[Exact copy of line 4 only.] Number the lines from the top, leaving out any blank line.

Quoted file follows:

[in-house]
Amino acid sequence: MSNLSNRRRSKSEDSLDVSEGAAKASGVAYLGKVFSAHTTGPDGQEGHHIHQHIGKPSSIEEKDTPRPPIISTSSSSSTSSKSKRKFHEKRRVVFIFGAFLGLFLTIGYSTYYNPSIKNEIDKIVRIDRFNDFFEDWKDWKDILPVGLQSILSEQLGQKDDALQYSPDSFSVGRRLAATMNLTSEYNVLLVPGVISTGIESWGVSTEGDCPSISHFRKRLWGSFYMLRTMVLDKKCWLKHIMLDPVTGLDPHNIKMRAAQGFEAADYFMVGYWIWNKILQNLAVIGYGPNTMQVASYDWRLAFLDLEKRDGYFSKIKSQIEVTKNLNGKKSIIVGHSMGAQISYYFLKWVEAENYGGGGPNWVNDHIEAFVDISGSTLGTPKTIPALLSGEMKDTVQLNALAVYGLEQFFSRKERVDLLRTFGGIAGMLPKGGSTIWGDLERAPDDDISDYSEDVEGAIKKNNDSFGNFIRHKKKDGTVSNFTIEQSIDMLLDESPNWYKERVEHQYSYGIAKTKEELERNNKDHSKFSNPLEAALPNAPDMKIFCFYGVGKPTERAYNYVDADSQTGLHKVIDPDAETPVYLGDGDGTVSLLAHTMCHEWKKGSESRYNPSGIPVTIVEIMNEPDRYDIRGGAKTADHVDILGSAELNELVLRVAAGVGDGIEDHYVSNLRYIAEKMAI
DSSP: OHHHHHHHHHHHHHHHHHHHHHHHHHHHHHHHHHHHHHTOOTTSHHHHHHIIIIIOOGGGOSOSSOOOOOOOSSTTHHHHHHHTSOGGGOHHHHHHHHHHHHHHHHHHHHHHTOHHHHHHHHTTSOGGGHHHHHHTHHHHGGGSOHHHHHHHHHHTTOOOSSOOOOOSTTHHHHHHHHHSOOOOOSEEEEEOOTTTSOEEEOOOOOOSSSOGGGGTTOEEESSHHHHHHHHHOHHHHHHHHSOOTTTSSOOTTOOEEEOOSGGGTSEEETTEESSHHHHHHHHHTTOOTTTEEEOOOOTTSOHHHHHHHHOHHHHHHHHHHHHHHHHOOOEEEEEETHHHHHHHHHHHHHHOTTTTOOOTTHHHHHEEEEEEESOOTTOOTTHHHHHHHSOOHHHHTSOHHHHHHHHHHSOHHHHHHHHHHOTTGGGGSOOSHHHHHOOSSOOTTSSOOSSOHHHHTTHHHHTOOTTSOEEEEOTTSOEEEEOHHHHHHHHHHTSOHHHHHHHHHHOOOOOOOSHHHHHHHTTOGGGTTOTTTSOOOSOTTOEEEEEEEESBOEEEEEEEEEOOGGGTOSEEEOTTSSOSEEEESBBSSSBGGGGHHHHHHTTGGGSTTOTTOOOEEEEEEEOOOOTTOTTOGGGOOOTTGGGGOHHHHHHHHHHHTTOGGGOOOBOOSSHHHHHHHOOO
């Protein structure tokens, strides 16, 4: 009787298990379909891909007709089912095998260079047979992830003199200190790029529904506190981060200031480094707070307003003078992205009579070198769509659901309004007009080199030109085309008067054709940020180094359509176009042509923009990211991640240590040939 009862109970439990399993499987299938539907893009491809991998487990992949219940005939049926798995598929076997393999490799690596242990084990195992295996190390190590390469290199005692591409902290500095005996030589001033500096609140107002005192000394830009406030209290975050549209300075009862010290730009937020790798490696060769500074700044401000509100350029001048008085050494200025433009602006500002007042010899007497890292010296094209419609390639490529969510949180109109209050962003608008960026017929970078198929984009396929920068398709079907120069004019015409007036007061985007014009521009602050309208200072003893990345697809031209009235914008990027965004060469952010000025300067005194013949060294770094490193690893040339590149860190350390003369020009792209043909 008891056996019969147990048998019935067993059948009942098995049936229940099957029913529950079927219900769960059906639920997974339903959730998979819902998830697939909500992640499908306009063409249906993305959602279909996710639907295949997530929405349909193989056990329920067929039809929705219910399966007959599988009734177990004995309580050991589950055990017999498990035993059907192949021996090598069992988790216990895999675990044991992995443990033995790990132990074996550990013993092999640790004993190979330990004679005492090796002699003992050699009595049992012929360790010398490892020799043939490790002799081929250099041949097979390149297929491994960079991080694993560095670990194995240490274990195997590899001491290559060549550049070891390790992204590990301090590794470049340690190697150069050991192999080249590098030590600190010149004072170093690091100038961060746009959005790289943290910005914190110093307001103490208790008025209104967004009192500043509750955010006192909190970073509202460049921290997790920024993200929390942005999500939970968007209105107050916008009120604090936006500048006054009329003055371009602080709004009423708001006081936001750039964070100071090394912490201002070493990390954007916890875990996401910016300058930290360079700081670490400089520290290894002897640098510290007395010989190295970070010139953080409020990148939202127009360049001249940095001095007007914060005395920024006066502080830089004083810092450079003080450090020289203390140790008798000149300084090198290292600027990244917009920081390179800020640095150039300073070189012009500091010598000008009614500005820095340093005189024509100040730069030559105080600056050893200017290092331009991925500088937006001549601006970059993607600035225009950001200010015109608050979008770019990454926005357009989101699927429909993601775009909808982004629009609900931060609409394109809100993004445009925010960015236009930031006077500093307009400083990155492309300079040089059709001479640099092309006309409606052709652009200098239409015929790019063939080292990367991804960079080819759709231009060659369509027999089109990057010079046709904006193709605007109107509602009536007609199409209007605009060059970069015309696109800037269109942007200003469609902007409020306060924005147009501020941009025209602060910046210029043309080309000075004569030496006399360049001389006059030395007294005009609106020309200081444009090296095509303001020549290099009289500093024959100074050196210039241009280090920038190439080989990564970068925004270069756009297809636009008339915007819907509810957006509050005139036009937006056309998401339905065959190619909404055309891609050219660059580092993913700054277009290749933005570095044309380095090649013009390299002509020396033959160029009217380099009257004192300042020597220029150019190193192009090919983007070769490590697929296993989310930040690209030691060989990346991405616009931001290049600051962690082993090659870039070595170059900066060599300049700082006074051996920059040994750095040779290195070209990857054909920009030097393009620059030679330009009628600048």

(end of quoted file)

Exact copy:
């Protein structure tokens, strides 16, 4: 009787298990379909891909007709089912095998260079047979992830003199200190790029529904506190981060200031480094707070307003003078992205009579070198769509659901309004007009080199030109085309008067054709940020180094359509176009042509923009990211991640240590040939 009862109970439990399993499987299938539907893009491809991998487990992949219940005939049926798995598929076997393999490799690596242990084990195992295996190390190590390469290199005692591409902290500095005996030589001033500096609140107002005192000394830009406030209290975050549209300075009862010290730009937020790798490696060769500074700044401000509100350029001048008085050494200025433009602006500002007042010899007497890292010296094209419609390639490529969510949180109109209050962003608008960026017929970078198929984009396929920068398709079907120069004019015409007036007061985007014009521009602050309208200072003893990345697809031209009235914008990027965004060469952010000025300067005194013949060294770094490193690893040339590149860190350390003369020009792209043909 008891056996019969147990048998019935067993059948009942098995049936229940099957029913529950079927219900769960059906639920997974339903959730998979819902998830697939909500992640499908306009063409249906993305959602279909996710639907295949997530929405349909193989056990329920067929039809929705219910399966007959599988009734177990004995309580050991589950055990017999498990035993059907192949021996090598069992988790216990895999675990044991992995443990033995790990132990074996550990013993092999640790004993190979330990004679005492090796002699003992050699009595049992012929360790010398490892020799043939490790002799081929250099041949097979390149297929491994960079991080694993560095670990194995240490274990195997590899001491290559060549550049070891390790992204590990301090590794470049340690190697150069050991192999080249590098030590600190010149004072170093690091100038961060746009959005790289943290910005914190110093307001103490208790008025209104967004009192500043509750955010006192909190970073509202460049921290997790920024993200929390942005999500939970968007209105107050916008009120604090936006500048006054009329003055371009602080709004009423708001006081936001750039964070100071090394912490201002070493990390954007916890875990996401910016300058930290360079700081670490400089520290290894002897640098510290007395010989190295970070010139953080409020990148939202127009360049001249940095001095007007914060005395920024006066502080830089004083810092450079003080450090020289203390140790008798000149300084090198290292600027990244917009920081390179800020640095150039300073070189012009500091010598000008009614500005820095340093005189024509100040730069030559105080600056050893200017290092331009991925500088937006001549601006970059993607600035225009950001200010015109608050979008770019990454926005357009989101699927429909993601775009909808982004629009609900931060609409394109809100993004445009925010960015236009930031006077500093307009400083990155492309300079040089059709001479640099092309006309409606052709652009200098239409015929790019063939080292990367991804960079080819759709231009060659369509027999089109990057010079046709904006193709605007109107509602009536007609199409209007605009060059970069015309696109800037269109942007200003469609902007409020306060924005147009501020941009025209602060910046210029043309080309000075004569030496006399360049001389006059030395007294005009609106020309200081444009090296095509303001020549290099009289500093024959100074050196210039241009280090920038190439080989990564970068925004270069756009297809636009008339915007819907509810957006509050005139036009937006056309998401339905065959190619909404055309891609050219660059580092993913700054277009290749933005570095044309380095090649013009390299002509020396033959160029009217380099009257004192300042020597220029150019190193192009090919983007070769490590697929296993989310930040690209030691060989990346991405616009931001290049600051962690082993090659870039070595170059900066060599300049700082006074051996920059040994750095040779290195070209990857054909920009030097393009620059030679330009009628600048």